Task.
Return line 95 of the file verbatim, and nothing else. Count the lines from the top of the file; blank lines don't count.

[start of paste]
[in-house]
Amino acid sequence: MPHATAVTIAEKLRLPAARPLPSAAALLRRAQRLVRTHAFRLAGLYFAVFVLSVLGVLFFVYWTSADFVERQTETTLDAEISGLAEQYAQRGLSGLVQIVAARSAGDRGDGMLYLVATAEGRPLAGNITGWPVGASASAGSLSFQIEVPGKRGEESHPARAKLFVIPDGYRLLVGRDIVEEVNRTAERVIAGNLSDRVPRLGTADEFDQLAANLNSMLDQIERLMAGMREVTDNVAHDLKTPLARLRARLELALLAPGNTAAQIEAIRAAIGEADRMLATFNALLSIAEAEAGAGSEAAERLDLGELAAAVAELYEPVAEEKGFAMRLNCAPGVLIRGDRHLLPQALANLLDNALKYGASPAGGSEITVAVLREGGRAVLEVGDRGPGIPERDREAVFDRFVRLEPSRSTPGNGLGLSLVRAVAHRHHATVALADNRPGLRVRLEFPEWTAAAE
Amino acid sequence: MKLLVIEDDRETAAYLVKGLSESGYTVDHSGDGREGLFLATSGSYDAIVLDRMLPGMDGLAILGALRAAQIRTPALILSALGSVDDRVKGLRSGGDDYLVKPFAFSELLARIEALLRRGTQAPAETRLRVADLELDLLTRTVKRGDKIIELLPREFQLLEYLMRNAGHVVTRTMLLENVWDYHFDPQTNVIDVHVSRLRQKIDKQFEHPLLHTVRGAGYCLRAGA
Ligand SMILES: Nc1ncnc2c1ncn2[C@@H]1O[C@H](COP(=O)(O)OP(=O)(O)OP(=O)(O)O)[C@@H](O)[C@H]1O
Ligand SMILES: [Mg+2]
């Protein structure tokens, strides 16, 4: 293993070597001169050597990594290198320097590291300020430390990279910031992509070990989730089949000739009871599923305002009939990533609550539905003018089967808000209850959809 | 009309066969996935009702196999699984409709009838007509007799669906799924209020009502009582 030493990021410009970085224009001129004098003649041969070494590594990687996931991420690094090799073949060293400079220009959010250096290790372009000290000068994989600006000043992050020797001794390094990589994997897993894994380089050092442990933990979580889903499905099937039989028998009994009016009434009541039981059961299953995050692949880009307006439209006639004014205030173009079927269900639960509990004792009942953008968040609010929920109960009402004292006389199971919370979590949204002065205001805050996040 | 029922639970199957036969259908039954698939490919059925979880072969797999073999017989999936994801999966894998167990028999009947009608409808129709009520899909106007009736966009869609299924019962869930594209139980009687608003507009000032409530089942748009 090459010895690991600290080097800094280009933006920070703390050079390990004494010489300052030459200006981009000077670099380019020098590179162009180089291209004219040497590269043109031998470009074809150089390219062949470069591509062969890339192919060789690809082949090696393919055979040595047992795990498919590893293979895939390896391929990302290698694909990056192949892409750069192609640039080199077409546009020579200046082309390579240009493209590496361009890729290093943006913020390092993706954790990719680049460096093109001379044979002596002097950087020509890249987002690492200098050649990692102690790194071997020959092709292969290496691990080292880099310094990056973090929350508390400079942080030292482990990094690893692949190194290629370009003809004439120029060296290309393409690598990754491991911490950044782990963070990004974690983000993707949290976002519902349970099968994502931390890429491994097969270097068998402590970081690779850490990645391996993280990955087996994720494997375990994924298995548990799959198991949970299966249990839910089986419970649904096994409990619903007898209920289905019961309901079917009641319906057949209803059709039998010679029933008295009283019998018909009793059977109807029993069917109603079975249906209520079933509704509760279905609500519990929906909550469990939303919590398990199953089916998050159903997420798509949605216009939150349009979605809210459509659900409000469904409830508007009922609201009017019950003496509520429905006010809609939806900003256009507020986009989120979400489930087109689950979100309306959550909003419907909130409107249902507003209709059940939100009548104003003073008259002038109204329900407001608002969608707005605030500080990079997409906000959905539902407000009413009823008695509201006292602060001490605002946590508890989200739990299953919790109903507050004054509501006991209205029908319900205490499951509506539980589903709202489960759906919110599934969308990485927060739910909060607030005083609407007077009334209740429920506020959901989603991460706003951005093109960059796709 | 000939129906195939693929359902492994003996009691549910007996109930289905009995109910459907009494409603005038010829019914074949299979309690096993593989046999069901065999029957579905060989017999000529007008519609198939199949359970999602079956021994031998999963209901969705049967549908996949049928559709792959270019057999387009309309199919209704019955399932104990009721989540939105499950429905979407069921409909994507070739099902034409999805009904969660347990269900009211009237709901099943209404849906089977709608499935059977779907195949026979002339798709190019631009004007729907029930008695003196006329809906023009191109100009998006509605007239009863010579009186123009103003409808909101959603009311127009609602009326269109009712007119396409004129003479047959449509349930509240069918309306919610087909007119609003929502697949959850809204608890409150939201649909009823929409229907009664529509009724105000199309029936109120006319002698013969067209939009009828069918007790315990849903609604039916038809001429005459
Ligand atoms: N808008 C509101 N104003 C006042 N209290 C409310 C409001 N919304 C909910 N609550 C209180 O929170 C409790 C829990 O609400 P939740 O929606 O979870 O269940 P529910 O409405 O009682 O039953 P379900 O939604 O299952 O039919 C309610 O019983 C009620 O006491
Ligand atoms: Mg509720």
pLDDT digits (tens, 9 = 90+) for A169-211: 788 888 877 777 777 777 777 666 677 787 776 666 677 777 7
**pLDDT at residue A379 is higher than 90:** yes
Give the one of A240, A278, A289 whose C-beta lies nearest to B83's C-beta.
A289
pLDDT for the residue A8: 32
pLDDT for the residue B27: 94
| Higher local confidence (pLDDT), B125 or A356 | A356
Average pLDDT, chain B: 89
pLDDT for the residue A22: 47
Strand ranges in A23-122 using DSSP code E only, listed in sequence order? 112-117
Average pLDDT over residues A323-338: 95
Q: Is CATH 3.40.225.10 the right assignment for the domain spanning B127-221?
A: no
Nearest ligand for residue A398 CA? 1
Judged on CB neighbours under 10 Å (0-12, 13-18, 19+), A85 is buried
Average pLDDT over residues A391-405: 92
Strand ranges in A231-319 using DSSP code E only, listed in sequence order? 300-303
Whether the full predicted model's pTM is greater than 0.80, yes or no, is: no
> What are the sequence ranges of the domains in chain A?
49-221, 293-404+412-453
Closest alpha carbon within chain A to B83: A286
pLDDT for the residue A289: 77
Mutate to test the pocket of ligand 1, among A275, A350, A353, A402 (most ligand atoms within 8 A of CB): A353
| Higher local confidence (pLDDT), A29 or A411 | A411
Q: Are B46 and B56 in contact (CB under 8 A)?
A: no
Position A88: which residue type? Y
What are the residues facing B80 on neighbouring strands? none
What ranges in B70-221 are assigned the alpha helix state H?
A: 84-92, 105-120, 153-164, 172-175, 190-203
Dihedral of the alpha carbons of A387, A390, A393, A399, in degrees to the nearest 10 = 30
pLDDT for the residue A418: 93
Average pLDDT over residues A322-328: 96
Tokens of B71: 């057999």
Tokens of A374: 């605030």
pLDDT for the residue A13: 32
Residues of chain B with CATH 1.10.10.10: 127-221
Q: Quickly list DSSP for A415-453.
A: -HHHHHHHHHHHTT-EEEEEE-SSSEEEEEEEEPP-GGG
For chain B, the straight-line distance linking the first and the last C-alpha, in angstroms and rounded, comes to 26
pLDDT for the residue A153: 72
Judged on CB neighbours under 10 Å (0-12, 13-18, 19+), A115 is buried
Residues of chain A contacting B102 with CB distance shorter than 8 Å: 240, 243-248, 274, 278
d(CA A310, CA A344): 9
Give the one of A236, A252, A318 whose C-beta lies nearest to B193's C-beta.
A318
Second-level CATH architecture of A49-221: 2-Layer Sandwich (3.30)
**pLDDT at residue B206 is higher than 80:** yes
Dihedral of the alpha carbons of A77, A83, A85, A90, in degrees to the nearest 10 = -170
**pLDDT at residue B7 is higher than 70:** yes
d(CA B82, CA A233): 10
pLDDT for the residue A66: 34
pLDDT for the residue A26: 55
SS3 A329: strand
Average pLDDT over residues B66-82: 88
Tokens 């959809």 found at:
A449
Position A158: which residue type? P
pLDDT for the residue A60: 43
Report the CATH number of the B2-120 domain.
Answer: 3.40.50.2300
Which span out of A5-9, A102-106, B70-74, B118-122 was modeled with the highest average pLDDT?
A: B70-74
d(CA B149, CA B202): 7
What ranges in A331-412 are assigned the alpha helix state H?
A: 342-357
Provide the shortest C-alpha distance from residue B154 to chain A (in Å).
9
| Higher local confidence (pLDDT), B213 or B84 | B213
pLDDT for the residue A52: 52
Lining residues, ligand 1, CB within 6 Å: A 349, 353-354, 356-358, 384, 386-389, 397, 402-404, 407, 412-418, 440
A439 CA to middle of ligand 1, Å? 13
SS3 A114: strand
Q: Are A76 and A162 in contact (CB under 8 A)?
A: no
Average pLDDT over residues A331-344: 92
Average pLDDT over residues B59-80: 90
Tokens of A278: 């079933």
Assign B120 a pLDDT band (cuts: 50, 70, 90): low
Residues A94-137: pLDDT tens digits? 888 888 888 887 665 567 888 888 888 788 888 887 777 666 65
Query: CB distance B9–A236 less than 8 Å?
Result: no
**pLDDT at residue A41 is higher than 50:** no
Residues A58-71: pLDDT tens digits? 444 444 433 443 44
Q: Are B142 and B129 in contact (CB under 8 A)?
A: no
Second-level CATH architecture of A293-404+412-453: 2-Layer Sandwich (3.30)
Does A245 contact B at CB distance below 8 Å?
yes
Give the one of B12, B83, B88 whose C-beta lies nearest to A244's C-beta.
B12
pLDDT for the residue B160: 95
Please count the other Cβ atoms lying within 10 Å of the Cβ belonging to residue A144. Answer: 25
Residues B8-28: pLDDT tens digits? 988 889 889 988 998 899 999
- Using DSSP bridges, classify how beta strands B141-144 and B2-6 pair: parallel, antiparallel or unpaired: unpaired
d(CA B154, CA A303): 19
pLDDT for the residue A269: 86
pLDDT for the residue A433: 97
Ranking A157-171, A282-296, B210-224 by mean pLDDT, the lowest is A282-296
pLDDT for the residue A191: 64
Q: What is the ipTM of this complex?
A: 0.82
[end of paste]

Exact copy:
Second-level CATH architecture of A293-404+412-453: 2-Layer Sandwich (3.30)